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Mount Fuji

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Photographs by Karen Kasmauski

Hiking Japan’s Sacred Peak

By Miki Meek

Revered as a sacred dwelling place of the gods, Mount Fuji has drawn pilgrims to its slopes—situated between Shizuoka and Yamanashi Prefectures—to meditate and worship for thousands of years. Today the pilgrimage continues, but now tourists walk beside white-robed Shinto priests on the mountain’s rocky, brown trails. 

Whether viewed as a celebration of sun goddess Amaterasu, mother of Japan, or as a challenge, Mount Fuji is a popular international destination. The July 1-August 27 climbing season beckons some 400,000 climbers to this ubiquitous symbol of Japan, and a good day can draw as many as 20,000 to the summit. Some begin the hike in the morning and others join the flashlight-bearing throngs who light up the mountain at night. For many Mount Fuji-goers, the ultimate objective is to reach the top and greet the sun with shouts of “Banzai!” as it begins peeking over the Pacific. 


    • From Tokyo, the cheapest, most direct way to get to Mount Fuji is by bus. Departure times from Shinjuku Station are 7:45 a.m., 8:45 a.m., 10:55 a.m., 4:50 p.m., 5:50 p.m., and 7:50 p.m. It takes about two hours and 40 minutes to get to the main trailhead, Kawaguchi-ko Fifth Station. One-way tickets are about 2,600 yen ($20). Book seats through Keiou Highway Bus Reservation Center ( 03 5376 2222) or Fujikyu Highway Bus ( 0555 72 5111). You can also make your own reservation online at


    • While the summer days are hot and humid, the nights are brutally cold and sometimes wet. Wear layers of clothing, a wind-breaking jacket, hat, gloves, and sturdy hiking shoes. You can check weather conditions before you start on CNN’s website,, or at the Fujiyoshida visitor information service ( 0555 24 1236).
    • Don’t forget to pack water, snacks, a flashlight or headlamp, and spare batteries. These supplies can be bought at one of the ten stations on the mountain, but they come with a high price tag. Be sure to bring pills for altitude sickness. 


    • The two preferred starting places are the Fifth Station on the north side and the New Fifth Station on the south. The trail on the north is five to seven hours up and three hours down. The trail on the south is a little longer and rougher on the way up, but sunabashiri (slopes covered in volcanic ash) speeds up the descent time for many who slide their way down the mountain.



    • Camping on Mount Fuji is prohibited, but several mountain huts dot the trails if you’re in need of some shut-eye. It’s almost a 90-minute climb to the top from the huts at the Eighth Station, which cost from 7,500-10,000 yen ($60-80) per person, per night. Climbers are lined up on futons dormitory style—head to toe. And the food is notoriously bad. The huts are only open in July and August.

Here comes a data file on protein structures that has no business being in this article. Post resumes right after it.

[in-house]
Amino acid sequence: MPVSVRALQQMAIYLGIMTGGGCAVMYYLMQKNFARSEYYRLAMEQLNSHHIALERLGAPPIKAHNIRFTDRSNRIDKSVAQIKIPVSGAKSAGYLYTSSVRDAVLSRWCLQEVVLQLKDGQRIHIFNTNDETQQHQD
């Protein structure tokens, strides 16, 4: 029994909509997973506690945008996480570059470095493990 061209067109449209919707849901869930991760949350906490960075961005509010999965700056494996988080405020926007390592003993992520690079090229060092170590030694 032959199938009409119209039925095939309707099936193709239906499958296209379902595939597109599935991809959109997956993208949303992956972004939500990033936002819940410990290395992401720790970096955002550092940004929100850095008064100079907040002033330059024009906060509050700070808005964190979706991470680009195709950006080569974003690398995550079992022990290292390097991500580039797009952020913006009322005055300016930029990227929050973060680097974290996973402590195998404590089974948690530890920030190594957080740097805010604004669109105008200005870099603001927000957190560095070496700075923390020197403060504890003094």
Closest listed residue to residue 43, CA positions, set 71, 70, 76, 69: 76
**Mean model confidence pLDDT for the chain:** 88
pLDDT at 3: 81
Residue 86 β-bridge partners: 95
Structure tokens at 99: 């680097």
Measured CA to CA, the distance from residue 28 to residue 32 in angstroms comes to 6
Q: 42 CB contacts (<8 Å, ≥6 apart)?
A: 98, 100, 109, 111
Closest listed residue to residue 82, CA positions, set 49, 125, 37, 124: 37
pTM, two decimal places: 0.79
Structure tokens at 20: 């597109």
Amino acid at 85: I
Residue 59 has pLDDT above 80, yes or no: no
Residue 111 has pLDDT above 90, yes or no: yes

• After passing through the stone torii gateway that marks the last steps to the summit, you’re free to hit the souvenir shops, vending machines, and the shrine, where you can get a calligraphic stamp on a personal item. You can also send postcards to friends and family from Japan’s highest post office or do some more rigorous hiking around the rim of the crater.
    • On clear days the summit offers stunning views of the lakes below, and after sundown, the glittering lights of Tokyo, 70 miles (110 kilometers) away.


    • On June 30 and June 31, revelers open up the hiking season with a festival in Fujiyoshida City. See a traditional mikoshi (portable shrine) carried from Kanadorii to Fuji Sengen Shrine, and join others in offering prayers for climbers’ safety.
    • This year, the 55th annual Mount Fuji Climbing Race will be on July 26. Two races begin at Fujiyoshida City Hall. The first is a grueling 13-mile (21-kilometer) course to the summit, and the second is a 9-mile (15-kilometer) run to the Fifth Station.
    • Closing out the climbing season is the annual Yoshida no Hi Matsuri (Fire Festival), August 26-27. On the first day a mikoshi procession and a bonfire lighting grace Fujiyoshida’s main street at night. Festivities continue at the city’s Sengen Shrine on the second day.



    • If you’re looking for some Japanese-style R&R after your Fuji hike, more than 20 onsens (hot springs) are spread around the northern skirt of Mount Fuji, and Fujiyoshida is host to three of them.
    • Kaneyamaen Hotel Onsen

    Open only to hotel guests and special lunch customers, it features outdoor baths in traditional styles, large indoor baths, and waterfalls. Cost: Starting at 18,000 yen ($140) per person, per night. Phone: 0555 22 3168

    Location: 6283 Kamiyoshida, Fujiyoshida, Yamanashi 403

    • Yoshi no Ike

    Features mineral baths and free tea. Open Monday through Friday from 9 a.m. to 5 p.m. Entrance fee: 1,500 yen ($12). Phone: 0555 22 3362

    Location: 6690 Shimoyoshida, Fujiyoshida, Yamanashi 403

    • Fudoyu Onsen

    Cold and hot mineral baths, enriched with calcium, are offered here along with a view of Mount Fuji on clear days. Open Monday through Friday from 8 a.m. to 4:30 p.m. Entrance fee: 800 yen ($6). Phone: 0555 23 9239

    Location: 4401 Oasumi, Fujiyoshida, Yamanashi


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